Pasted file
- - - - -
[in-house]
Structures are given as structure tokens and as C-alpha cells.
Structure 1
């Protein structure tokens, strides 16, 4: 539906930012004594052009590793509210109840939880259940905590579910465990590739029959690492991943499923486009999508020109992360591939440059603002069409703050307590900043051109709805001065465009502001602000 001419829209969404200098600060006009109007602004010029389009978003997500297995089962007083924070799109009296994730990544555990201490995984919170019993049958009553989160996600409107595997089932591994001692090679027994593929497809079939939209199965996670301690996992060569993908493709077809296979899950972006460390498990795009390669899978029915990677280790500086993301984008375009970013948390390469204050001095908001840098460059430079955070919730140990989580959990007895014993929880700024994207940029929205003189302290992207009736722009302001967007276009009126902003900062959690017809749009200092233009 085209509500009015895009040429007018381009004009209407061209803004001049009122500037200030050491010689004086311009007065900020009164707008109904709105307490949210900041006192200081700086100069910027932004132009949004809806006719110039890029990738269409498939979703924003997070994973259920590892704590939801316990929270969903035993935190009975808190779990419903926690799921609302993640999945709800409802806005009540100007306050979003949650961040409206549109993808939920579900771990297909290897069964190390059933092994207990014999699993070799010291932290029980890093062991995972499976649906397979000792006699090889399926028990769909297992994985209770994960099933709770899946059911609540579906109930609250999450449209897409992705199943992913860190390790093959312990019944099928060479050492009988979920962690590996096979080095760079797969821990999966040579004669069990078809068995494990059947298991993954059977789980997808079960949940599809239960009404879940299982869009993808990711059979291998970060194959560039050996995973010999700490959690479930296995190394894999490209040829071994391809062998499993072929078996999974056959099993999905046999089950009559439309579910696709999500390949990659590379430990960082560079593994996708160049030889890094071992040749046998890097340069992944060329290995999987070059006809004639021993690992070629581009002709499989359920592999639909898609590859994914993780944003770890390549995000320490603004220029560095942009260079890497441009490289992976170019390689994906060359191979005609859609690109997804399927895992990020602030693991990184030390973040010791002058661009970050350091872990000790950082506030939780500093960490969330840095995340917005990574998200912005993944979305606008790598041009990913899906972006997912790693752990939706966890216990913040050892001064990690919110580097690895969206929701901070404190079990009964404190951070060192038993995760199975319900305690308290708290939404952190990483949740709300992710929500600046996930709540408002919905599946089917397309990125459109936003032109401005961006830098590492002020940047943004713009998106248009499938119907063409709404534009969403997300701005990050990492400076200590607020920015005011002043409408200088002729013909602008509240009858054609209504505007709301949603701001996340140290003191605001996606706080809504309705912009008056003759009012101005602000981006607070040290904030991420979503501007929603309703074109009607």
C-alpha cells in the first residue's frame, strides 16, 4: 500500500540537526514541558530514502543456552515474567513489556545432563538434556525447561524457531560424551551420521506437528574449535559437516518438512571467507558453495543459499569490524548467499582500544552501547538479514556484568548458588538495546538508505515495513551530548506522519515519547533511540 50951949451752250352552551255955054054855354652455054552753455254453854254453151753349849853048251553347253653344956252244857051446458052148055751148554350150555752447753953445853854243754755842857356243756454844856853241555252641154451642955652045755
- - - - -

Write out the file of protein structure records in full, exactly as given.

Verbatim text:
[in-house]
Structures are given as structure tokens and as C-alpha cells.
Structure 1
């Protein structure tokens, strides 16, 4: 539906930012004594052009590793509210109840939880259940905590579910465990590739029959690492991943499923486009999508020109992360591939440059603002069409703050307590900043051109709805001065465009502001602000 001419829209969404200098600060006009109007602004010029389009978003997500297995089962007083924070799109009296994730990544555990201490995984919170019993049958009553989160996600409107595997089932591994001692090679027994593929497809079939939209199965996670301690996992060569993908493709077809296979899950972006460390498990795009390669899978029915990677280790500086993301984008375009970013948390390469204050001095908001840098460059430079955070919730140990989580959990007895014993929880700024994207940029929205003189302290992207009736722009302001967007276009009126902003900062959690017809749009200092233009 085209509500009015895009040429007018381009004009209407061209803004001049009122500037200030050491010689004086311009007065900020009164707008109904709105307490949210900041006192200081700086100069910027932004132009949004809806006719110039890029990738269409498939979703924003997070994973259920590892704590939801316990929270969903035993935190009975808190779990419903926690799921609302993640999945709800409802806005009540100007306050979003949650961040409206549109993808939920579900771990297909290897069964190390059933092994207990014999699993070799010291932290029980890093062991995972499976649906397979000792006699090889399926028990769909297992994985209770994960099933709770899946059911609540579906109930609250999450449209897409992705199943992913860190390790093959312990019944099928060479050492009988979920962690590996096979080095760079797969821990999966040579004669069990078809068995494990059947298991993954059977789980997808079960949940599809239960009404879940299982869009993808990711059979291998970060194959560039050996995973010999700490959690479930296995190394894999490209040829071994391809062998499993072929078996999974056959099993999905046999089950009559439309579910696709999500390949990659590379430990960082560079593994996708160049030889890094071992040749046998890097340069992944060329290995999987070059006809004639021993690992070629581009002709499989359920592999639909898609590859994914993780944003770890390549995000320490603004220029560095942009260079890497441009490289992976170019390689994906060359191979005609859609690109997804399927895992990020602030693991990184030390973040010791002058661009970050350091872990000790950082506030939780500093960490969330840095995340917005990574998200912005993944979305606008790598041009990913899906972006997912790693752990939706966890216990913040050892001064990690919110580097690895969206929701901070404190079990009964404190951070060192038993995760199975319900305690308290708290939404952190990483949740709300992710929500600046996930709540408002919905599946089917397309990125459109936003032109401005961006830098590492002020940047943004713009998106248009499938119907063409709404534009969403997300701005990050990492400076200590607020920015005011002043409408200088002729013909602008509240009858054609209504505007709301949603701001996340140290003191605001996606706080809504309705912009008056003759009012101005602000981006607070040290904030991420979503501007929603309703074109009607």
C-alpha cells in the first residue's frame, strides 16, 4: 500500500540537526514541558530514502543456552515474567513489556545432563538434556525447561524457531560424551551420521506437528574449535559437516518438512571467507558453495543459499569490524548467499582500544552501547538479514556484568548458588538495546538508505515495513551530548506522519515519547533511540 50951949451752250352552551255955054054855354652455054552753455254453854254453151753349849853048251553347253653344956252244857051446458052148055751148554350150555752447753953445853854243754755842857356243756454844856853241555252641154451642955652045755